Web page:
Angelina Jolie is selling Winston Churchill's only wartime painting
Churchill painted "Tower of the Koutoubia Mosque" in Marrakech, Morocco, after attending the Casablanca Conference in January 1943, and gave it to US President Franklin D. Roosevelt.
Actor Brad Pitt bought the painting in 2011 from high-end antique dealer M.S. Rau for Jolie, according to a source with knowledge of the sale. The couple separated in 2016 after two years of marriage and their divorce is still ongoing.
Representatives for Pitt and Jolie did not immediately respond to CNN's request for comment.
Churchill originally created the painting shortly after the wartime summit, during which he and Roosevelt formulated the next stage of their strategy to defeat Nazi Germany.
It ultimately found its way into Jolie's own collection of artworks, and will be sold this year. The estimate on price ranges from £1.5 million to £2.5 million ($2 million to $3.4 million).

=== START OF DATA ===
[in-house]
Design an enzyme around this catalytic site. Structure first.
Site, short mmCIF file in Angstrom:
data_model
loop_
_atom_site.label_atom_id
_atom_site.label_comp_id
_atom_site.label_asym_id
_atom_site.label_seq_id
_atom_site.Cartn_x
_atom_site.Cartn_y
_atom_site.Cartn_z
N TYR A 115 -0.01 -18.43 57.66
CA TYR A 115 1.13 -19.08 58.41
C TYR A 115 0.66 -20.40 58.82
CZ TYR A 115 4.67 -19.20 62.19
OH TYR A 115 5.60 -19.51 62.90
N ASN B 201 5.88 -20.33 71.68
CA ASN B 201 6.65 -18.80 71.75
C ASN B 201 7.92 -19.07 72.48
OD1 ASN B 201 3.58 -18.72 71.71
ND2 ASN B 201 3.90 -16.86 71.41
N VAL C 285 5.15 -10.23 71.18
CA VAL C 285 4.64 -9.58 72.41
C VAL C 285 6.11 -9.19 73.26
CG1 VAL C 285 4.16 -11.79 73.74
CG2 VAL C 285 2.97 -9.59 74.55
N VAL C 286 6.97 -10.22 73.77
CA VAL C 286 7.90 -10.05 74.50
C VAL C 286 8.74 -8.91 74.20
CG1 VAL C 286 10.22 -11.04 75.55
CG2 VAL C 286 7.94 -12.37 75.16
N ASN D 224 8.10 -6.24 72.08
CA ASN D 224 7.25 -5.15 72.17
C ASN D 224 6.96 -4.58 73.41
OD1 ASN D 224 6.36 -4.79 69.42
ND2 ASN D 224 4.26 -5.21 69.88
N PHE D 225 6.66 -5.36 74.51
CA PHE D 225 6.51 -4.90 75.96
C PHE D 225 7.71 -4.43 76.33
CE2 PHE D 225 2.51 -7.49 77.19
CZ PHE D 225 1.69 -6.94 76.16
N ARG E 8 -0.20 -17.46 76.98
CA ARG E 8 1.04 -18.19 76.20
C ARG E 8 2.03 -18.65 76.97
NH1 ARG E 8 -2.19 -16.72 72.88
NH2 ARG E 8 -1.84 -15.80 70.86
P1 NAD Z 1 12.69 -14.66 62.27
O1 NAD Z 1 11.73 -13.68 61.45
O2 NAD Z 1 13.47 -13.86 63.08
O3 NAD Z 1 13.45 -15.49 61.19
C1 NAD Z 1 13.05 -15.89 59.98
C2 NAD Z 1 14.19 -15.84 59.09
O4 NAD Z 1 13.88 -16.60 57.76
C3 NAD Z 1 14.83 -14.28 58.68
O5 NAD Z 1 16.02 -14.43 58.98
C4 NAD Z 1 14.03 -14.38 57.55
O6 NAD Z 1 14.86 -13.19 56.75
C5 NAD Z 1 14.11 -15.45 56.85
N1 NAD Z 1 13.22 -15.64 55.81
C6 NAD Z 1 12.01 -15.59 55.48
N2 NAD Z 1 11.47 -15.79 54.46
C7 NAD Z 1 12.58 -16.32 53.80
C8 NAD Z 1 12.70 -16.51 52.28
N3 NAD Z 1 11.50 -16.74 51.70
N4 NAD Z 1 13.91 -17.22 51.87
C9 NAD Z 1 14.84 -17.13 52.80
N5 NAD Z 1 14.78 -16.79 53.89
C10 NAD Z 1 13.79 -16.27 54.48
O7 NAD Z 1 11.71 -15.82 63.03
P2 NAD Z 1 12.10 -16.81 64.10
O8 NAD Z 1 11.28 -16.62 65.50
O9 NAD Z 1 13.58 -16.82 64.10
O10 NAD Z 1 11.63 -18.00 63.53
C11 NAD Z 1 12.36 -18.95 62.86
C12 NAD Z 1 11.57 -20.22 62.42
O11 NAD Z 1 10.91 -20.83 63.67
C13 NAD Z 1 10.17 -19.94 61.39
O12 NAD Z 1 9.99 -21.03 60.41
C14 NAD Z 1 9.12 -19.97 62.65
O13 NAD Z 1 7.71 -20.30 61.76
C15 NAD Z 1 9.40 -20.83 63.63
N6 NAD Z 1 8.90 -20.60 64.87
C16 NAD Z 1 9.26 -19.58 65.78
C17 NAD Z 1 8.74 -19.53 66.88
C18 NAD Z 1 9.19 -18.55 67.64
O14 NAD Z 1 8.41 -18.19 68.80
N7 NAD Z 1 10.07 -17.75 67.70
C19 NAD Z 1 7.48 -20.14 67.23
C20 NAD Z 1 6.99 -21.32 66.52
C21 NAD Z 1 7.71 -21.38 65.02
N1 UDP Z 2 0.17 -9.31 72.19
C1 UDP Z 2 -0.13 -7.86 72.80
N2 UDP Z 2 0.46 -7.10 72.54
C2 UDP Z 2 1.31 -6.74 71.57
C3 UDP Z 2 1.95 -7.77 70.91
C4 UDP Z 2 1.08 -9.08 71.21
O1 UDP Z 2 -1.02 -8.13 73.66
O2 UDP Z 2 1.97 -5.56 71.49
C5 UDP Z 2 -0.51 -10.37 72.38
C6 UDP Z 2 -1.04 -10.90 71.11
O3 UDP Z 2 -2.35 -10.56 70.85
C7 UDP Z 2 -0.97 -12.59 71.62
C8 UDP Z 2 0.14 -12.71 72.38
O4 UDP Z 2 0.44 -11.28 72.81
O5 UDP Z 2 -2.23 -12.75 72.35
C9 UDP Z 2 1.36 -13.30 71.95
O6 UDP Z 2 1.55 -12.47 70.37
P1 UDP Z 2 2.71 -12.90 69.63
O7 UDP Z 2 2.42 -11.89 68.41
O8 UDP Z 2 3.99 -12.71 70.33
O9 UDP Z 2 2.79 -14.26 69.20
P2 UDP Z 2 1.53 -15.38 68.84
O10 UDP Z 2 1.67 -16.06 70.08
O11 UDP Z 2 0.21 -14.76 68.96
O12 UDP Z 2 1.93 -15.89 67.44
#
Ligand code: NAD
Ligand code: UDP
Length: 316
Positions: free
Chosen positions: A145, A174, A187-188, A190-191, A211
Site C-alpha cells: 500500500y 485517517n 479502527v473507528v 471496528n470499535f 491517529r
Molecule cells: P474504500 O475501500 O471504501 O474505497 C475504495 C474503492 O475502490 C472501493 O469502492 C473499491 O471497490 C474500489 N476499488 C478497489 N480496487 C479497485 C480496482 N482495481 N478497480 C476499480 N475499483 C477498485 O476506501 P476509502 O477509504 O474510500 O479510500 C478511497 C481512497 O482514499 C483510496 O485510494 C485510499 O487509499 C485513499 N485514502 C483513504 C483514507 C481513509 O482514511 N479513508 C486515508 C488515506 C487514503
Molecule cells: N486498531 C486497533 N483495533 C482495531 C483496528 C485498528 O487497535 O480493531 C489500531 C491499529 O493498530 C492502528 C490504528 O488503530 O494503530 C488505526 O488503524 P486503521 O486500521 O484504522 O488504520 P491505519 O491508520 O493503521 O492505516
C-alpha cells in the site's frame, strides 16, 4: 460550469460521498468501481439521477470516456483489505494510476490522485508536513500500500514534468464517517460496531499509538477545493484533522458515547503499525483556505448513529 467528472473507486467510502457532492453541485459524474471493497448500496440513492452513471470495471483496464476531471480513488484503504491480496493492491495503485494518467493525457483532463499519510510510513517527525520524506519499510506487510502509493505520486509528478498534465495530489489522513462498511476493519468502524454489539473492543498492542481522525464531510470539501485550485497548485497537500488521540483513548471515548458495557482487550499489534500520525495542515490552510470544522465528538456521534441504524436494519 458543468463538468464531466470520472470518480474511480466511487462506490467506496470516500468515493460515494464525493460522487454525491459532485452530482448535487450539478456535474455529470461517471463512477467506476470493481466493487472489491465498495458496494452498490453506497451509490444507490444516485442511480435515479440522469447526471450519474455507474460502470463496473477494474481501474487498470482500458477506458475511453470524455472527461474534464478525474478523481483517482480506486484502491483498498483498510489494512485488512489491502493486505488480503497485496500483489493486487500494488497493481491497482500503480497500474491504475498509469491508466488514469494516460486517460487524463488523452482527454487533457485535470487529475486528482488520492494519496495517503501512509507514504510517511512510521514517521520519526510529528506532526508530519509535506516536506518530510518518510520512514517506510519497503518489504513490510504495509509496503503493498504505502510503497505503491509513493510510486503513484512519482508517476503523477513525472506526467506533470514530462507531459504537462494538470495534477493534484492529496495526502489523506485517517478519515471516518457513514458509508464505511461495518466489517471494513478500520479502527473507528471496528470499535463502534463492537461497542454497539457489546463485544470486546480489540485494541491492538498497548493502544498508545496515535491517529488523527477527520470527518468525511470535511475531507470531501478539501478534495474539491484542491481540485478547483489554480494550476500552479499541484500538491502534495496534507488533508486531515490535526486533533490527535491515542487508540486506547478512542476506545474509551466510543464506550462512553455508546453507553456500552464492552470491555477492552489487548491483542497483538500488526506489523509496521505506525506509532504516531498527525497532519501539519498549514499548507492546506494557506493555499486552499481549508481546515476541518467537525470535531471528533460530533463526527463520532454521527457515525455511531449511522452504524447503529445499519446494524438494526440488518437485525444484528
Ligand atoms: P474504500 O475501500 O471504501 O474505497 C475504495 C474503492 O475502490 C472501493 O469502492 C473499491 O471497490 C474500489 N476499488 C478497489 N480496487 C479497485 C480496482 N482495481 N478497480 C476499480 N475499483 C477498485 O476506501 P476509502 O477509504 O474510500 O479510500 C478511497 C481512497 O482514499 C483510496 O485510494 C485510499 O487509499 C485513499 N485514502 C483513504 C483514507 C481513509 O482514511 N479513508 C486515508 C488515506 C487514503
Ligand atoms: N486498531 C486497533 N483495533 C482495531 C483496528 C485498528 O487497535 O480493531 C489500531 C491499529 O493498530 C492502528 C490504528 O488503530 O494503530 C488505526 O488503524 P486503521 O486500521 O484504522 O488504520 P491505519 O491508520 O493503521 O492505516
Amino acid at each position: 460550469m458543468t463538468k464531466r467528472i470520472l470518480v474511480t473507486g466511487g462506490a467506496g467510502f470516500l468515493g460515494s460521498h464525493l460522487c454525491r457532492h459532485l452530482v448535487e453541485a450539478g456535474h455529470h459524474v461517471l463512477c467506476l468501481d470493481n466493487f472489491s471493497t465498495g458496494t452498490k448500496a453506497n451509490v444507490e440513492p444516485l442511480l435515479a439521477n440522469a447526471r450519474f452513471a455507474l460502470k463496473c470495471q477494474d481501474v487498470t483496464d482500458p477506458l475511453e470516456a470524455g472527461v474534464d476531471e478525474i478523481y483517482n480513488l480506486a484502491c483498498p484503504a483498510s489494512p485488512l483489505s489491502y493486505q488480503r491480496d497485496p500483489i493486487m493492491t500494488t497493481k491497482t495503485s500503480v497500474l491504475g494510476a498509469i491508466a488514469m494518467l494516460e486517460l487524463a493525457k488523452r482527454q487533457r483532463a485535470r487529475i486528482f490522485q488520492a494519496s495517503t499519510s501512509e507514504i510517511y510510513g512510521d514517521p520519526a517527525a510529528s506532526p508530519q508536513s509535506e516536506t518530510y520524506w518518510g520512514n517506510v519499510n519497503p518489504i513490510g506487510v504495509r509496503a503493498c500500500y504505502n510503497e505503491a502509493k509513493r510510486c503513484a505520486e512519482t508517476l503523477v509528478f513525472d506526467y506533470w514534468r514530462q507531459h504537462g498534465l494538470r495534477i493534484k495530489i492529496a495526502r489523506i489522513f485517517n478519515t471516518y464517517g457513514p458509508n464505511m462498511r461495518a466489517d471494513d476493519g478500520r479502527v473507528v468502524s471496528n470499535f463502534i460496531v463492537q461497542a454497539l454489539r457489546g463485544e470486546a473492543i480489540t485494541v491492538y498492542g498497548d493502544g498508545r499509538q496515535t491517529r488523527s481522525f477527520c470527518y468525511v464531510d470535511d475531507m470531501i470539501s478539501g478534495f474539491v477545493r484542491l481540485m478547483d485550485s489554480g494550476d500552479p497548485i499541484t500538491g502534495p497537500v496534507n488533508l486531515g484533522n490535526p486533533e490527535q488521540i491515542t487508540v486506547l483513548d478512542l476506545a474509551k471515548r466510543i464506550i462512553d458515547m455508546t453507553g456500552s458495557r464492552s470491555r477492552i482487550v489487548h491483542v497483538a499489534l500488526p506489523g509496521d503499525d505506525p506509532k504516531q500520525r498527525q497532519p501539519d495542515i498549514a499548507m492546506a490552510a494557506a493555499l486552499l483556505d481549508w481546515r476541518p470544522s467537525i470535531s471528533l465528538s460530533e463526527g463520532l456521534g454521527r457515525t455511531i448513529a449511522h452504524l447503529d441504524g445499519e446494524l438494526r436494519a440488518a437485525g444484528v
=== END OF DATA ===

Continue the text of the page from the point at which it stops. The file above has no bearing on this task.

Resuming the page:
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"It is the only work that Churchill painted during the war, perhaps encouraged by the recent progress made by the Allies in what he considered to be one of the most beautiful countries he had encountered," Nick Orchard, head of modern British art at auction house Christie's, said in a statement.
The painting was made after the two leaders agreed to only accept an "unconditional surrender" from the Axis powers, a strategically significant statement of intent from the two wartime figures.
It is being offered by the Jolie Family Collection, Christie's said.
Though Churchill painted several scenes in Morocco before the war began, this is the only known work he made between 1939 and 1945.
"'Tower of the Koutoubia Mosque' is therefore arguably the best painting by Winston Churchill due to the significance of the subject matter to him, and the fact that it highlights the importance of the friendship between the two leaders," Orchard said.
"The gifting of the work to Roosevelt underlines the fact that Churchill held the American President in such high regard and points to their joint efforts in guiding the Allied powers to the outcome of the Second World War."
The artwork is due to go on sale on March 1.